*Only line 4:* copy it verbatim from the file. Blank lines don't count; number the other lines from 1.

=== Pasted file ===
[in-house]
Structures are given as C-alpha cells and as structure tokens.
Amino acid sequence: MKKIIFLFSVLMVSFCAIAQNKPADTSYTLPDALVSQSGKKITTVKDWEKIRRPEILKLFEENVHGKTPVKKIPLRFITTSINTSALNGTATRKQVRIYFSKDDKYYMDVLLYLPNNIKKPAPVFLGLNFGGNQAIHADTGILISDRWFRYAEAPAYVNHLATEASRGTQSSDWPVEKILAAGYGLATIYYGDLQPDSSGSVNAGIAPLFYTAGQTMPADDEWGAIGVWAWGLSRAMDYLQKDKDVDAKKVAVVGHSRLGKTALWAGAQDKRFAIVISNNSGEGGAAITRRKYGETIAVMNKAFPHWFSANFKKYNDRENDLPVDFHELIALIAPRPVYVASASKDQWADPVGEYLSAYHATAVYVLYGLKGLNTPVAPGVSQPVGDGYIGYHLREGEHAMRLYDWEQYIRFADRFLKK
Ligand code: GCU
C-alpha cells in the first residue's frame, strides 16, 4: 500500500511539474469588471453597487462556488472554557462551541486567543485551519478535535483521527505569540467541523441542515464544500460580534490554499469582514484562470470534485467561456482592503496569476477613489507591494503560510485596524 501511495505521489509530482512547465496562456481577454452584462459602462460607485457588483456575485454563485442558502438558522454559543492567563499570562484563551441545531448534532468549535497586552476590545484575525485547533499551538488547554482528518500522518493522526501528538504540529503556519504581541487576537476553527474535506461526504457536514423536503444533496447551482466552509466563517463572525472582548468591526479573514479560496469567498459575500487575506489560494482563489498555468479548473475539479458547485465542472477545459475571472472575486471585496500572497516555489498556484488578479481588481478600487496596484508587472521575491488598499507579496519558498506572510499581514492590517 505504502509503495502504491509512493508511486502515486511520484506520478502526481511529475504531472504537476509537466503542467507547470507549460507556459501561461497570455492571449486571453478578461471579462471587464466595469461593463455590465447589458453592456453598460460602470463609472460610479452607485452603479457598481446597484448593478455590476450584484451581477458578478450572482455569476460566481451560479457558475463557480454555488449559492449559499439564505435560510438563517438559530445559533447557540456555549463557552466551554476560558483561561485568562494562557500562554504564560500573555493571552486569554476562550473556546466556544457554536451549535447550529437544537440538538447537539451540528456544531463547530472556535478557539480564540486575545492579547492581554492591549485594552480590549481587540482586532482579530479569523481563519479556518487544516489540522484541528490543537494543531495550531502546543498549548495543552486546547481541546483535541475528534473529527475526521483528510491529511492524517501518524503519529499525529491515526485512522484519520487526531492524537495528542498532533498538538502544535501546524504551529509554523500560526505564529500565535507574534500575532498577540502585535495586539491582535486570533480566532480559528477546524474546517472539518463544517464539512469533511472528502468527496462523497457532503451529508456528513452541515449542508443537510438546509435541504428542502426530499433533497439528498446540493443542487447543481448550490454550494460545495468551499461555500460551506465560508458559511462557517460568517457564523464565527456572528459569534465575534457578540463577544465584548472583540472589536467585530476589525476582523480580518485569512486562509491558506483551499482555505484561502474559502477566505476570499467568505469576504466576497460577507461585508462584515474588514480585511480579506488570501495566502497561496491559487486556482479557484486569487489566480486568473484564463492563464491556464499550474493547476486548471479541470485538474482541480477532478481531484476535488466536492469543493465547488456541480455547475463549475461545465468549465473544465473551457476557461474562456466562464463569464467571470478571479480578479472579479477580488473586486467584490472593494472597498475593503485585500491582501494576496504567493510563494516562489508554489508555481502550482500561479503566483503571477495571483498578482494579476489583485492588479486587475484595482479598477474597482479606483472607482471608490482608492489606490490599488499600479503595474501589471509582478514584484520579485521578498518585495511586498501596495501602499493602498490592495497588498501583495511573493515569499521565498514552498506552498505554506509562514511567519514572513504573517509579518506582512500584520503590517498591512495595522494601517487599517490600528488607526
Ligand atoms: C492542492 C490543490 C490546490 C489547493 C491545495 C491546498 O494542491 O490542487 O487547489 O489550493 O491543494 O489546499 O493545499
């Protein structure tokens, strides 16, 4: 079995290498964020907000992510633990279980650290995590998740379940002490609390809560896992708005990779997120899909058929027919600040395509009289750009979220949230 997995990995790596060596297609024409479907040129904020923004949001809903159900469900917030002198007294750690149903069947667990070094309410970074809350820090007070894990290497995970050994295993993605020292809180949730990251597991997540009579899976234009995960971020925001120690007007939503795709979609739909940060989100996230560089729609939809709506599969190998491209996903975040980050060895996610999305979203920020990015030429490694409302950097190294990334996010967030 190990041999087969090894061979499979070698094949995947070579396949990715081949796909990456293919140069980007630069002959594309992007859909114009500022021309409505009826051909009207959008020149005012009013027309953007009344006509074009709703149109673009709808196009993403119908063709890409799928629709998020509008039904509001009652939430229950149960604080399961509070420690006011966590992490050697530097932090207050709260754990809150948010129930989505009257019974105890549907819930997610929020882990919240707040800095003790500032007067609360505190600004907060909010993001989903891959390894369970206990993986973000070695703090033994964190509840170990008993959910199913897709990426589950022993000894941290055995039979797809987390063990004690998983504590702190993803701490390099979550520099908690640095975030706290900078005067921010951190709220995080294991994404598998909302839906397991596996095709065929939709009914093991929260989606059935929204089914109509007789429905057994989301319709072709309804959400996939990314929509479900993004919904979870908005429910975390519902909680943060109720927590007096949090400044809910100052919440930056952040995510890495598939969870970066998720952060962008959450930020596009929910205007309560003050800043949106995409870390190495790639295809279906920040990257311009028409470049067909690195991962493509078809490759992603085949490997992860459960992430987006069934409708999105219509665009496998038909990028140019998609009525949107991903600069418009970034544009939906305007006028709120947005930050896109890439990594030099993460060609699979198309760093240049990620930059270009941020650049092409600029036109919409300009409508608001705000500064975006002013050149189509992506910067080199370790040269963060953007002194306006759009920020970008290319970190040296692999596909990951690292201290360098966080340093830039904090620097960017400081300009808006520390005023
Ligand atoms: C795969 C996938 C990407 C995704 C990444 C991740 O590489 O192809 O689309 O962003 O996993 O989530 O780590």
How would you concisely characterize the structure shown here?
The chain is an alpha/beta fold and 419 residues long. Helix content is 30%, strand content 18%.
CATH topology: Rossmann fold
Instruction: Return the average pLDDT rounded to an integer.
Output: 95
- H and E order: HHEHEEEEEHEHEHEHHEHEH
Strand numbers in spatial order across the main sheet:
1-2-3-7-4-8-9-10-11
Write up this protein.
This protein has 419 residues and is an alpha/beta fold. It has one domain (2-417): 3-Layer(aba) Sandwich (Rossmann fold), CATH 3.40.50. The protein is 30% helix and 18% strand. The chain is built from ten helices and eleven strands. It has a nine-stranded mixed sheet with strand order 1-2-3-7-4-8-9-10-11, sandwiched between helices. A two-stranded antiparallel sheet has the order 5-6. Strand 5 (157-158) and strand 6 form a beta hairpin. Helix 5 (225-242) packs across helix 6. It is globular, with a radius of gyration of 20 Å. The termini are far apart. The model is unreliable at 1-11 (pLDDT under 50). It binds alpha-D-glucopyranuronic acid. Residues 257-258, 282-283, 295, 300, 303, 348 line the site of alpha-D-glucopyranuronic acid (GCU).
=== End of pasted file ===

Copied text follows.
Ligand code: GCU